Human encroachment on wildlife habitats is leading to increased fragmentation; hence, there is an increasing focus on improving connectivity between remaining habitat. Large, wide-ranging species such as the African elephant, (Loxodonta africana), are particularly vulnerable due to their extensive habitat requirements. Wildlife corridors have been created to facilitate movement, with little knowledge to date on whether they serve their intended function as transit routes, or whether they simply extend the available habitat for occupancy. We collected data on elephant behaviour in the Mount Kenya Elephant Corridor, with the aim of quantifying the utility of the corridor. A grid of 25 camera traps was used to survey the 478 ha corridor over 11 weeks in 2016. Cameras recorded over 43,000 photos with 694 separate events triggered by elephants. Patterns of use varied spatially and temporally, indicating that certain areas were treated as habitat extension, while others were predominantly for transit. These differences were likely due to variation in vegetation cover and levels of human disturbance. Corridor use differed amongst individuals, suggesting that use may depend on both the characteristics of the corridor itself and the social or resource needs of individual elephants. The results of this research have informed the management of this wildlife corridor and provided recommendations for wider habitat management for elephants around Mount Kenya.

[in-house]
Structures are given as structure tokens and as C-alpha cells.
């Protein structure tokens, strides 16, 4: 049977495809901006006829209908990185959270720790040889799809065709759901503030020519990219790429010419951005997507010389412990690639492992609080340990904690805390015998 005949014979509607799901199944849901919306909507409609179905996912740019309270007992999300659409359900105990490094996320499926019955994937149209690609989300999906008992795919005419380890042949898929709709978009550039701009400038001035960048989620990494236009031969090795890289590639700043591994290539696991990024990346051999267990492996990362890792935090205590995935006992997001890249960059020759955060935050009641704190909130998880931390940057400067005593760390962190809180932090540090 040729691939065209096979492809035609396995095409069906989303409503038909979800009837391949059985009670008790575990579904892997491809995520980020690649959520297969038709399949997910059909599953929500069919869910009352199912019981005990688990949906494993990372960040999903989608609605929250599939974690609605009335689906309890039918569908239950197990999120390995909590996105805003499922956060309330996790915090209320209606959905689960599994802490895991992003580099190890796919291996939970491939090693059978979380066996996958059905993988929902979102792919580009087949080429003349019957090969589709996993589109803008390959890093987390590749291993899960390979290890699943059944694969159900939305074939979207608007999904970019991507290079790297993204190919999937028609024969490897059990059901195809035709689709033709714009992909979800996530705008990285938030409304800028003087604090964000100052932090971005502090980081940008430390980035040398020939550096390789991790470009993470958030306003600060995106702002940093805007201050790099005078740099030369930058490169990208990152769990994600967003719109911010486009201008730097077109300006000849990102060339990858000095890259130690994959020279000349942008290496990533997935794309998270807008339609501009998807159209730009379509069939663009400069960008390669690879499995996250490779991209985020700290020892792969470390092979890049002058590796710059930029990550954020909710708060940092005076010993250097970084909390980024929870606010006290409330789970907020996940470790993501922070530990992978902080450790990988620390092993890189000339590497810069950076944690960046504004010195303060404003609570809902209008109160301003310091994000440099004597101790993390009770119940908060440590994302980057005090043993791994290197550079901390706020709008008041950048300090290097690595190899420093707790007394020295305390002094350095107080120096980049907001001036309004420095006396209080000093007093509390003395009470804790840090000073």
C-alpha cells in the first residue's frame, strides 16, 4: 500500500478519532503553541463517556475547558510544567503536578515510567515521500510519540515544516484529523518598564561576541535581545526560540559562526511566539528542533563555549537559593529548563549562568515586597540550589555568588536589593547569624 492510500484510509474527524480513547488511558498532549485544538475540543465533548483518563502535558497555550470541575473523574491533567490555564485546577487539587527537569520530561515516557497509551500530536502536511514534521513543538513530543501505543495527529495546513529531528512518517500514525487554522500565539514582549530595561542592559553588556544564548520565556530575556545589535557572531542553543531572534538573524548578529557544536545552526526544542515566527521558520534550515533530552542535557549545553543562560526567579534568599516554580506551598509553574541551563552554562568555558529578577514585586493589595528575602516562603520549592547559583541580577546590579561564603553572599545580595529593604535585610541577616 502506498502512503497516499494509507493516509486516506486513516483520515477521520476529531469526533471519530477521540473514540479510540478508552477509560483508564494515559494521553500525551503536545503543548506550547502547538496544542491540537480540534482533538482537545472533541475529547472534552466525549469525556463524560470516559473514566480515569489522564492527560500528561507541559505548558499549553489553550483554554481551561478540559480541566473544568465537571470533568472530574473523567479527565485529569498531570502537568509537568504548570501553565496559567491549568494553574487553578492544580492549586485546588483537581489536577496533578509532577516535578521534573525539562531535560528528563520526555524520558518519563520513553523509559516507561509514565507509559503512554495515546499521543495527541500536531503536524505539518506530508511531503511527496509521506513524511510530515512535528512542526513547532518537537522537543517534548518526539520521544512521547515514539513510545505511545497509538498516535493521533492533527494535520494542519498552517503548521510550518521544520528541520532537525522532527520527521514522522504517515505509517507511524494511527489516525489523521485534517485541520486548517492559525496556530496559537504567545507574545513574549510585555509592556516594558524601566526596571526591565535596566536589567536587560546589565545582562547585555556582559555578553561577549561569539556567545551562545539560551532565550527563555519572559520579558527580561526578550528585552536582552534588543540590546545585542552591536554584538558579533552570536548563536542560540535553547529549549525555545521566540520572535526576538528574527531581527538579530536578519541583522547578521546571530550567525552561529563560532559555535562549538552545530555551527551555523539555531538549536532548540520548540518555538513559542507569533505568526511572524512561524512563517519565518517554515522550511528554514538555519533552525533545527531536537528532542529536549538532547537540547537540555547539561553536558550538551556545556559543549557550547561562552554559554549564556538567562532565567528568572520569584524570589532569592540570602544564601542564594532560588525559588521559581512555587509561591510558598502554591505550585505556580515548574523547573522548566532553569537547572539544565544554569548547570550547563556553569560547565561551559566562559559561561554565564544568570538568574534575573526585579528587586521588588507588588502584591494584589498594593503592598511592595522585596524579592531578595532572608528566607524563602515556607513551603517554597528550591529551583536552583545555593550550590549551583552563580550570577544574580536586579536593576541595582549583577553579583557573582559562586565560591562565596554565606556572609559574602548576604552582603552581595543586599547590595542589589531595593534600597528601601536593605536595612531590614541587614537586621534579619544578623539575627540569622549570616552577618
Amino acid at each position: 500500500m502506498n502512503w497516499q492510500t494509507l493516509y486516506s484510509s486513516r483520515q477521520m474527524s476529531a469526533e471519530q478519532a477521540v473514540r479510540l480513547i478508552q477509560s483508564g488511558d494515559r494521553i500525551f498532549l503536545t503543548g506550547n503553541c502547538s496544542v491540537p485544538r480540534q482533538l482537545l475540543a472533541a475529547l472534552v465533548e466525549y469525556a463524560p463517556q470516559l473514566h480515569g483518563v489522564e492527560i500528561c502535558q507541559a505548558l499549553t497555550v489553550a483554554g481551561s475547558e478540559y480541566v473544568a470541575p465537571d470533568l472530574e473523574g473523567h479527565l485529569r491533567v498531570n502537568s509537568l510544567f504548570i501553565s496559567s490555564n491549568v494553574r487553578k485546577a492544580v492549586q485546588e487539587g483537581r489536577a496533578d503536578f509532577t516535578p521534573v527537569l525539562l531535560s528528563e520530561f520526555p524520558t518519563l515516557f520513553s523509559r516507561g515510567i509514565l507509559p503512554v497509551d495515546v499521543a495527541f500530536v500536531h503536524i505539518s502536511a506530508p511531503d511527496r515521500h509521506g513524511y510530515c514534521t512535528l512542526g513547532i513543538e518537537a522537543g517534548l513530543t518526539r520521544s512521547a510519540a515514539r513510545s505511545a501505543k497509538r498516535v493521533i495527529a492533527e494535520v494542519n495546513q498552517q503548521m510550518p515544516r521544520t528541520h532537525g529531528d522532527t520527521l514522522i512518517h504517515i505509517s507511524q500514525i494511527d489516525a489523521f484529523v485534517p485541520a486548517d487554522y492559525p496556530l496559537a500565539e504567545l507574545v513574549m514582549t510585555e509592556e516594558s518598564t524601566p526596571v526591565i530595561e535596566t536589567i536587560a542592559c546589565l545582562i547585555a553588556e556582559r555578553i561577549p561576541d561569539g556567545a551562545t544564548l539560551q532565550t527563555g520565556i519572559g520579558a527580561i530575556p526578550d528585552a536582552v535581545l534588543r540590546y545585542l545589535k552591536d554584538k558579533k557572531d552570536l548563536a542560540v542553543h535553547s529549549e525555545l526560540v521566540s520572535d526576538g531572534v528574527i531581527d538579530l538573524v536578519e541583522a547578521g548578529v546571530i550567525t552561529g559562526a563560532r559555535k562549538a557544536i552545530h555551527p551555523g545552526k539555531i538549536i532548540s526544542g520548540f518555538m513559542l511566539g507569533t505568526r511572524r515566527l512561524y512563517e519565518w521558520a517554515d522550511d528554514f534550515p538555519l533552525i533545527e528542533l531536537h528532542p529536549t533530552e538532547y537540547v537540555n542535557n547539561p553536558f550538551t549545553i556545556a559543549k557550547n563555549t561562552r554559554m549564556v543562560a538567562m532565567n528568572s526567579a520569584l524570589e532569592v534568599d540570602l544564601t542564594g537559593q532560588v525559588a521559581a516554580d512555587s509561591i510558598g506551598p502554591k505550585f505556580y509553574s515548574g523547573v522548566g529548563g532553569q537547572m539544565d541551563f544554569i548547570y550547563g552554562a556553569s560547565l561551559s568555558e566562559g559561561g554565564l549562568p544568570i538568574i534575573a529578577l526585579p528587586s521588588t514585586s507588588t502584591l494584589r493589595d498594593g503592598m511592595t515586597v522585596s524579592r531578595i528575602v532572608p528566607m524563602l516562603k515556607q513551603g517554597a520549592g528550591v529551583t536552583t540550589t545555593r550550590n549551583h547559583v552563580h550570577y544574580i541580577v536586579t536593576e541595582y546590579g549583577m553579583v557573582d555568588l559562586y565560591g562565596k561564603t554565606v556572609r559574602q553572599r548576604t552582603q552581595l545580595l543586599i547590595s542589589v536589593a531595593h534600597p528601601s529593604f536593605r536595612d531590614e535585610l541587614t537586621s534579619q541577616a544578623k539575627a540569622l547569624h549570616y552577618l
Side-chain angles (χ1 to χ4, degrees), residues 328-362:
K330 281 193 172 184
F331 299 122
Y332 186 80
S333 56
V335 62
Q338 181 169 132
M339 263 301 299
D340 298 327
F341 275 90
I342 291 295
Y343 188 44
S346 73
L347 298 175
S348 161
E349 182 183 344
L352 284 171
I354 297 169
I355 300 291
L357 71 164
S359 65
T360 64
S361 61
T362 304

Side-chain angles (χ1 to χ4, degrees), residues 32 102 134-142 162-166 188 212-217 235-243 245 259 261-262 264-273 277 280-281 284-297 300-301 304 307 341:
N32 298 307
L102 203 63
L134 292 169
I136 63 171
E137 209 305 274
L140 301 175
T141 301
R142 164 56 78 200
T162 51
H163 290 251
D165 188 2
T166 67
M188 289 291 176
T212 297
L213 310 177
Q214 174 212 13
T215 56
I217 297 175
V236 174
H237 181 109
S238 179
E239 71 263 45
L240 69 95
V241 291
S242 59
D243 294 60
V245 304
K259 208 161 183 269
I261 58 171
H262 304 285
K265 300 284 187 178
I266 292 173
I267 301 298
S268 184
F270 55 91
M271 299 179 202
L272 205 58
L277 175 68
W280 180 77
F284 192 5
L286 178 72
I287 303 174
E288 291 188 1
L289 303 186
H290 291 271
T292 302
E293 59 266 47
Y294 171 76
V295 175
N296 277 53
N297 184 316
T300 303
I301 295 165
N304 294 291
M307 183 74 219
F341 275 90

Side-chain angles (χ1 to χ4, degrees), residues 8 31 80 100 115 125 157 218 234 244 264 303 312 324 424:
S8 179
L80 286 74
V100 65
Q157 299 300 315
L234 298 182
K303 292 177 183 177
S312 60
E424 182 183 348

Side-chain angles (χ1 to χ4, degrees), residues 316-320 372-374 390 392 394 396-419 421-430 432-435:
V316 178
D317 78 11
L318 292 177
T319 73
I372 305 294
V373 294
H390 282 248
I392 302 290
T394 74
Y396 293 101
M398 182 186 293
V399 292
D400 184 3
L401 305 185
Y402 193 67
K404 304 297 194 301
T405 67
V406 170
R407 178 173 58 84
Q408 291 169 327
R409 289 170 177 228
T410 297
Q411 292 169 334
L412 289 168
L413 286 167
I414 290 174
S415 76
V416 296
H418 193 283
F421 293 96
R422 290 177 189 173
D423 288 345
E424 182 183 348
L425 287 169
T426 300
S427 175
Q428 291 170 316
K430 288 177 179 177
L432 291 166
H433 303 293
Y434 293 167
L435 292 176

This research was conducted by Siân E. Green under the joint MRes degree from Marwell Wildlife and the University of Southampton. The study was carried out in partnership with Lewa Wildlife Conservancy, Mount Kenya Trust, Marania and Kisima Farms and Ngare Ndare Forest Trust.
The full paper was recently published in the African Journal of Ecology (2018) volume 56 pages: 860-871 https://onlinelibrary.wiley.com/doi/full/10.1111/aje.12541